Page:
Its an option. It would fit the plan better if possible to have one small d= ocument that contains everything they need - I only want the moon on a stic= k. Putting a table of R values in there might well work. Its certainly a si= mple circuit, I like that. NT
On Sunday, December 21, 2014 3:30:45 AM UTC, bitrex wrote:

> Could you use a large-ish resistor in the op amp power supply > lead, with a small current sense emitter resistor on the power > transistor and another transistor connected to pull base current? > Bypass the emitter resistor with a capacitor. Then I think it > would self-regulate and you wouldn't need to tailor the opamp > sense resistor so much.
That sounds like a current limit. Then if the opamp lead R is too high, the op trs will sit drawing lots of current, just being limited to i_max. It doesnt sound good. If one left out the 2nd tr that steals base current from the main one, I think I'll sim it, see if it does what I think, sounds interesting. NT
On Sunday, December 21, 2014 2:34:47 AM UTC, Jim Thompson wrote:
> On Sat, 20 Dec 2014 20:01:49 -0600, Tim Wescott <tim@seemywebsite.com> > wrote: > >On Sat, 20 Dec 2014 16:02:25 -0800, meow2222 wrote: > >> On Saturday, December 20, 2014 12:11:02 PM UTC, Phil Hobbs wrote:
> >>> Yup. And to get anywhere near it, they have to run a huge input error > >>> voltage--as much as a volt for FET types or bipolars with lots of input > >>> stage degeneration. > >>> > >>> That's not a huge problem when the amp itself is reasonably linear, but > >>> it sur is in this case. > >>> > >>> Cheers > >>> > >>> Phil Hobbs > >> > >> Does that mean if I ran the opamp at gain=1 it would at least reduce the > >> problem to some degree? The bad news is it will be any old opamp, eg > >> LM358, LM324 etc. > > > >Probably not. The slew rate limitation is a nonlinear phenomenon, > >changing the op-amp (or, presumably the whole-circuit) gain is a mostly- > >linear fix. > > > >Biasing your output to class AB, and living with the extra dissipation, > >may be the road you'll have to take.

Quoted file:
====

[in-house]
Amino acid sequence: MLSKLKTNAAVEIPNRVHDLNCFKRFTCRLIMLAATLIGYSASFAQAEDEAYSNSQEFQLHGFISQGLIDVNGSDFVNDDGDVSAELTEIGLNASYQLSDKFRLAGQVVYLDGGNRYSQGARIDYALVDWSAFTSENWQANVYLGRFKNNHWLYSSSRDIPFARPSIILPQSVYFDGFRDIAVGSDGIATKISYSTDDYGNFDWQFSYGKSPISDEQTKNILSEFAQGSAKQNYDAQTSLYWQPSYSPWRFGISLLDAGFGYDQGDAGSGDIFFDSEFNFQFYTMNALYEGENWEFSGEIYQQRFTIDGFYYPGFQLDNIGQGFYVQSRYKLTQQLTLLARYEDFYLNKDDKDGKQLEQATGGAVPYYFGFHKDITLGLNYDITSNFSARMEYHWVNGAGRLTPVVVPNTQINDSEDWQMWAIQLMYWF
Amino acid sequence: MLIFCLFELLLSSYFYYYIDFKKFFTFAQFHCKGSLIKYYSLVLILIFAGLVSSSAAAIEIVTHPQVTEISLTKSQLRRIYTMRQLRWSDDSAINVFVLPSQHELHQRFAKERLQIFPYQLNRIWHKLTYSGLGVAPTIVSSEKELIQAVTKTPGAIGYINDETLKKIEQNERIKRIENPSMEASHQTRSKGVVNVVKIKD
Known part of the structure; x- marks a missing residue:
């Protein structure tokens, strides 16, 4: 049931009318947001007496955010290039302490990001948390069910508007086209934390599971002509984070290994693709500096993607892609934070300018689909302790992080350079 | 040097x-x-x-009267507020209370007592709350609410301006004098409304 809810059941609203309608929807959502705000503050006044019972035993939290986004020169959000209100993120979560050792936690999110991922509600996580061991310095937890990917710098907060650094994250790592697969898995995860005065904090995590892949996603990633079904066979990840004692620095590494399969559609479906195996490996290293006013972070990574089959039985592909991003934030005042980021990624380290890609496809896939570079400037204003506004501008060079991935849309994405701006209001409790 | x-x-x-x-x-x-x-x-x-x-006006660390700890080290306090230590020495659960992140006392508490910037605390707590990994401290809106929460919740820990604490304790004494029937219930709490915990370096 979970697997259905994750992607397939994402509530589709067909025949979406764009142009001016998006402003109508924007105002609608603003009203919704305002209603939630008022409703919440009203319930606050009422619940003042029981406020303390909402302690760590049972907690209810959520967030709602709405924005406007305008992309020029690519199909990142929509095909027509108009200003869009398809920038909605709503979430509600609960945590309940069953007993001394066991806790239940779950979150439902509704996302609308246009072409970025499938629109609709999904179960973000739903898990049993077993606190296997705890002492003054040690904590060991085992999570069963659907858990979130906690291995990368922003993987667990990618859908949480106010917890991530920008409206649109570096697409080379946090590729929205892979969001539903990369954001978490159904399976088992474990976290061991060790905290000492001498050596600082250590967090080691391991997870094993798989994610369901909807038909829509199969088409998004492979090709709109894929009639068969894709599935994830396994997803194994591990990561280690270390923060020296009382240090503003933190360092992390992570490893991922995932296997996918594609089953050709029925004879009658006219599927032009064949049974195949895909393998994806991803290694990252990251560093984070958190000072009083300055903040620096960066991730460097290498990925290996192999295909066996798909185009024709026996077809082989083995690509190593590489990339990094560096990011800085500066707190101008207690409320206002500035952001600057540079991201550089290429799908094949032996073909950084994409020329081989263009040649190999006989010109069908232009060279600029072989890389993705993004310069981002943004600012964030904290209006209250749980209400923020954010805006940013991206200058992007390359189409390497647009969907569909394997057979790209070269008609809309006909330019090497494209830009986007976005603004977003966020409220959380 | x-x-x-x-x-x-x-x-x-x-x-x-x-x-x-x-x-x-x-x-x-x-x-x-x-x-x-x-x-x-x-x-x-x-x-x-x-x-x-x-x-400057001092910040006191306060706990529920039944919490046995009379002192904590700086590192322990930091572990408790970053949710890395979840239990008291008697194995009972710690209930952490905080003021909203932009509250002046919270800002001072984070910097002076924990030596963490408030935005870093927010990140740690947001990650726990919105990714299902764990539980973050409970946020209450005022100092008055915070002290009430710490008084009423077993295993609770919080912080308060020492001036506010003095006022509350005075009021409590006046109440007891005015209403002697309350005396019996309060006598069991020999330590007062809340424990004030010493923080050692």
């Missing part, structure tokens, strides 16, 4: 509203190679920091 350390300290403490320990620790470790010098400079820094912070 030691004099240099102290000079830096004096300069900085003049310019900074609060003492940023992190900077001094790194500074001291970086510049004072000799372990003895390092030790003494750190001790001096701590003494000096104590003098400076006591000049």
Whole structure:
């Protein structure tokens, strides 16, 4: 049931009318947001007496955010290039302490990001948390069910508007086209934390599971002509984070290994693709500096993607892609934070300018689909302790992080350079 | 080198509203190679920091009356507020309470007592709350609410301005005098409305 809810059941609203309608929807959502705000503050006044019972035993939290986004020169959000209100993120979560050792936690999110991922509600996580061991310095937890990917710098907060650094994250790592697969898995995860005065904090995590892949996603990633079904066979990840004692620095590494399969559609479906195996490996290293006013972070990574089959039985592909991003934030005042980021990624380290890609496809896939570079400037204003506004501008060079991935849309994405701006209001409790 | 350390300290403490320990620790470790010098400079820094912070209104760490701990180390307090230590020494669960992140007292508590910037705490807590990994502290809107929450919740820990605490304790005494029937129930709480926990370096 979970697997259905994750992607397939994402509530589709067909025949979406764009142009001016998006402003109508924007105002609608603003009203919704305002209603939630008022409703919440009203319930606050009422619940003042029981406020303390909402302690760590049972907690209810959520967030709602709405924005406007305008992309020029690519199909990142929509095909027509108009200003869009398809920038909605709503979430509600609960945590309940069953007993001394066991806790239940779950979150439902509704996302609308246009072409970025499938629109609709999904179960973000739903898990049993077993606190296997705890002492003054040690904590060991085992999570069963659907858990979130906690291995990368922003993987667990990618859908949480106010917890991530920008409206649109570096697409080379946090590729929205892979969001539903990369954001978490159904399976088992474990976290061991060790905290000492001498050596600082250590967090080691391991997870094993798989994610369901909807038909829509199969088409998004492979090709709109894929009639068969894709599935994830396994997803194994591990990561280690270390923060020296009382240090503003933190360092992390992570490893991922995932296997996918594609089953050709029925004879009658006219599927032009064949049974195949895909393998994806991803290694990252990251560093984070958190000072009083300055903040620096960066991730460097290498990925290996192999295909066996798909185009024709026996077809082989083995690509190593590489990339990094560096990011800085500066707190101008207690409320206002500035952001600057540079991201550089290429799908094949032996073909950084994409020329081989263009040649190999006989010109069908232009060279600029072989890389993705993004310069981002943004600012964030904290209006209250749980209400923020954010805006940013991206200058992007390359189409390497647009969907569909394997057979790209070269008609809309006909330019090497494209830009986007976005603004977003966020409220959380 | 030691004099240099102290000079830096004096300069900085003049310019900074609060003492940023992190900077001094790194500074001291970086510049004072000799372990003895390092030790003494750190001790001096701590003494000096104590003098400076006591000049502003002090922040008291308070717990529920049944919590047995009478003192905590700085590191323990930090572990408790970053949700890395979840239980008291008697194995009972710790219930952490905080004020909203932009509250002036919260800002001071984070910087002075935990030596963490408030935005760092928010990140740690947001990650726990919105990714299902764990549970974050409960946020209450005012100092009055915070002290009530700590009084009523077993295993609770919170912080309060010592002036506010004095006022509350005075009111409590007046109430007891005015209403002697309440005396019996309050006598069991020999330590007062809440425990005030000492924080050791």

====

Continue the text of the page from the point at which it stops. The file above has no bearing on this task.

I may do. But I would like to find a better option if it exists.
> Yep. There's no OpAmp with a fast enough slew-rate (that you can > afford ;-) > > ...Jim Thompson
Total budget zero on this one. Its not like I'm tight or anything :) NT
On Sat, 20 Dec 2014 20:20:32 -0800 (PST), meow2222@care2.com wrote:

>On Sunday, December 21, 2014 3:02:34 AM UTC, John Larkin wrote: >> On Sat, 20 Dec 2014 16:22:50 -0800 (PST), meow2222@care2.com wrote: >> >> >On Saturday, December 20, 2014 4:06:02 PM UTC, John Larkin wrote: >> >> On Sat, 20 Dec 2014 00:55:39 -0800 (PST), meow2222@care2.com wrote: >> > >> >> >Something I thought I knew, but am left puzzling... >> >> > >> >> >Take a simple class B output pair driven directly by an opamp. Result is nasty crossover distortion. Now, the nfb is taken from the circuit's output terminal, not from the opamp's output, so surely an ideal opamp should correct for the 0.6v Vbe drops. Question is why doesn't it? >> >> > >> >> >The other question is what strategies exist to tackle it. >> >> >- bias the output trs to class AB >> >> >- helper resistor from opamp output to circuit output, so the opamp powers the output directly from -0.6 to +0.6v >> >> >- low Vbe transistors, ie germanium >> >> >- a diode drop in the feedback path seems to reduce it to a degree >> >> > >> >> >Any techniques I've missed? >> > >> >> This is class B, I guess. >> >> >> >> https://dl.dropboxusercontent.com/u/53724080/Circuits/Amps/Opamp_Boosted.JPG >> > >> >I like the upsides, minimal part count and ok on linearity. The need to tailor the Rs to the opamp is a big problem for people that have no testgear, and wouldnt know how to use it anyway. >> >> Then let them use data sheets. > >Its an option. It would fit the plan better if possible to have one small document that contains everything they need - I only want the moon on a stick. Putting a table of R values in there might well work. Its certainly a simple circuit, I like that. > > >NT